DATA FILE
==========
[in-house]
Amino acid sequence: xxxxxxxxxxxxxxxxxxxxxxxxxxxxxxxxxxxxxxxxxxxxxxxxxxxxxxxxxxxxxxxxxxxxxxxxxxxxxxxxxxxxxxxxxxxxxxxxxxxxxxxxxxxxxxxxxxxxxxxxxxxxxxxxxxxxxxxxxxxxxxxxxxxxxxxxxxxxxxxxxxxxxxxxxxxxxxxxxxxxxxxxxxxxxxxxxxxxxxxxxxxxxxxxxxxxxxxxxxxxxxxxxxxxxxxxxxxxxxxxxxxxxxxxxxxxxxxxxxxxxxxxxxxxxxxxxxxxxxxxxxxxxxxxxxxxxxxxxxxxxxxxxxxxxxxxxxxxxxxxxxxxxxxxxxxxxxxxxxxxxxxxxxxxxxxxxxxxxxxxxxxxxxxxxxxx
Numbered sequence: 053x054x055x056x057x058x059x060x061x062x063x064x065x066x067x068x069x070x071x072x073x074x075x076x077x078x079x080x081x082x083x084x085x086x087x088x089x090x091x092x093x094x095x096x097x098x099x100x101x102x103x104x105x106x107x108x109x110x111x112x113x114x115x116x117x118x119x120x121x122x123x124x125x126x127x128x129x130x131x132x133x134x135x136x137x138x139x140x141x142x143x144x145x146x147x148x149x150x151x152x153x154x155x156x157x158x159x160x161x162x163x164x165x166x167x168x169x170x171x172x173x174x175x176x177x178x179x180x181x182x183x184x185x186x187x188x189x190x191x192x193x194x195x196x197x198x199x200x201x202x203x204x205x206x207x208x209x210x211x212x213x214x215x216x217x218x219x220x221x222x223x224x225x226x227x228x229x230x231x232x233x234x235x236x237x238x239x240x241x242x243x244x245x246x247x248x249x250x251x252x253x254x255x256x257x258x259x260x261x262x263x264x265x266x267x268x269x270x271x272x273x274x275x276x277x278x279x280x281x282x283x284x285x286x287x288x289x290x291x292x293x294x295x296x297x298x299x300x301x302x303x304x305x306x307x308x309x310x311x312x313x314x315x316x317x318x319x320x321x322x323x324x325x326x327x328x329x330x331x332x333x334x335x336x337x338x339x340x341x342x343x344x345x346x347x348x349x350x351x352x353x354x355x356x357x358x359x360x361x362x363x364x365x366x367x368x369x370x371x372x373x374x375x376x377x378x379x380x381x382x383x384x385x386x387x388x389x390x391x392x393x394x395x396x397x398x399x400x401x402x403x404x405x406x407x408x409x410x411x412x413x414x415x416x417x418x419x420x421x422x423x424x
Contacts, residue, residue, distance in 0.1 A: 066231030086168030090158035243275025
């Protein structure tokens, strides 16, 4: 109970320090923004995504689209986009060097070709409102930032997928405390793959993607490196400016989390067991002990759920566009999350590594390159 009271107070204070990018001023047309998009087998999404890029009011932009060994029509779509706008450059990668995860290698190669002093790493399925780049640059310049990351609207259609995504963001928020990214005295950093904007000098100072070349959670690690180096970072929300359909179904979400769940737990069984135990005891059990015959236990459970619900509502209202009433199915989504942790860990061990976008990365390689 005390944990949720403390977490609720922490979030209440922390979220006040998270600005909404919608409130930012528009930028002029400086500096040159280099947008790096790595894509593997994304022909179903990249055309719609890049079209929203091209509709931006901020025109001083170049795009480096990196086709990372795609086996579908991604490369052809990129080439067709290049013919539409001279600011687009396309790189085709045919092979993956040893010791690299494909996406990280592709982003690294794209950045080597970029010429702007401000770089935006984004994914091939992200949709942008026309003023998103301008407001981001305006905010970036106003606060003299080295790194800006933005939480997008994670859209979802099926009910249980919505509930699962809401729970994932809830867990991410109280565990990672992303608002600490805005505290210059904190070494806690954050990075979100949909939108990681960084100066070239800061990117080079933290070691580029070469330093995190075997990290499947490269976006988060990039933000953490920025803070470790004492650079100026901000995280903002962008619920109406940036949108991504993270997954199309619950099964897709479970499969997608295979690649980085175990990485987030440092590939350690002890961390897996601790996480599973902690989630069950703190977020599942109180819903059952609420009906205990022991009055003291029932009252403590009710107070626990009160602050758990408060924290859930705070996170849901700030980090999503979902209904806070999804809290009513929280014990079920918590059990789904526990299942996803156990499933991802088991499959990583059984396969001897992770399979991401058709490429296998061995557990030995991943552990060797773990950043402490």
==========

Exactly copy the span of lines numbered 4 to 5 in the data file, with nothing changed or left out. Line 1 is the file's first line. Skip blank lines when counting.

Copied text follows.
Contacts, residue, residue, distance in 0.1 A: 066231030086168030090158035243275025
């Protein structure tokens, strides 16, 4: 109970320090923004995504689209986009060097070709409102930032997928405390793959993607490196400016989390067991002990759920566009999350590594390159 009271107070204070990018001023047309998009087998999404890029009011932009060994029509779509706008450059990668995860290698190669002093790493399925780049640059310049990351609207259609995504963001928020990214005295950093904007000098100072070349959670690690180096970072929300359909179904979400769940737990069984135990005891059990015959236990459970619900509502209202009433199915989504942790860990061990976008990365390689 005390944990949720403390977490609720922490979030209440922390979220006040998270600005909404919608409130930012528009930028002029400086500096040159280099947008790096790595894509593997994304022909179903990249055309719609890049079209929203091209509709931006901020025109001083170049795009480096990196086709990372795609086996579908991604490369052809990129080439067709290049013919539409001279600011687009396309790189085709045919092979993956040893010791690299494909996406990280592709982003690294794209950045080597970029010429702007401000770089935006984004994914091939992200949709942008026309003023998103301008407001981001305006905010970036106003606060003299080295790194800006933005939480997008994670859209979802099926009910249980919505509930699962809401729970994932809830867990991410109280565990990672992303608002600490805005505290210059904190070494806690954050990075979100949909939108990681960084100066070239800061990117080079933290070691580029070469330093995190075997990290499947490269976006988060990039933000953490920025803070470790004492650079100026901000995280903002962008619920109406940036949108991504993270997954199309619950099964897709479970499969997608295979690649980085175990990485987030440092590939350690002890961390897996601790996480599973902690989630069950703190977020599942109180819903059952609420009906205990022991009055003291029932009252403590009710107070626990009160602050758990408060924290859930705070996170849901700030980090999503979902209904806070999804809290009513929280014990079920918590059990789904526990299942996803156990499933991802088991499959990583059984396969001897992770399979991401058709490429296998061995557990030995991943552990060797773990950043402490």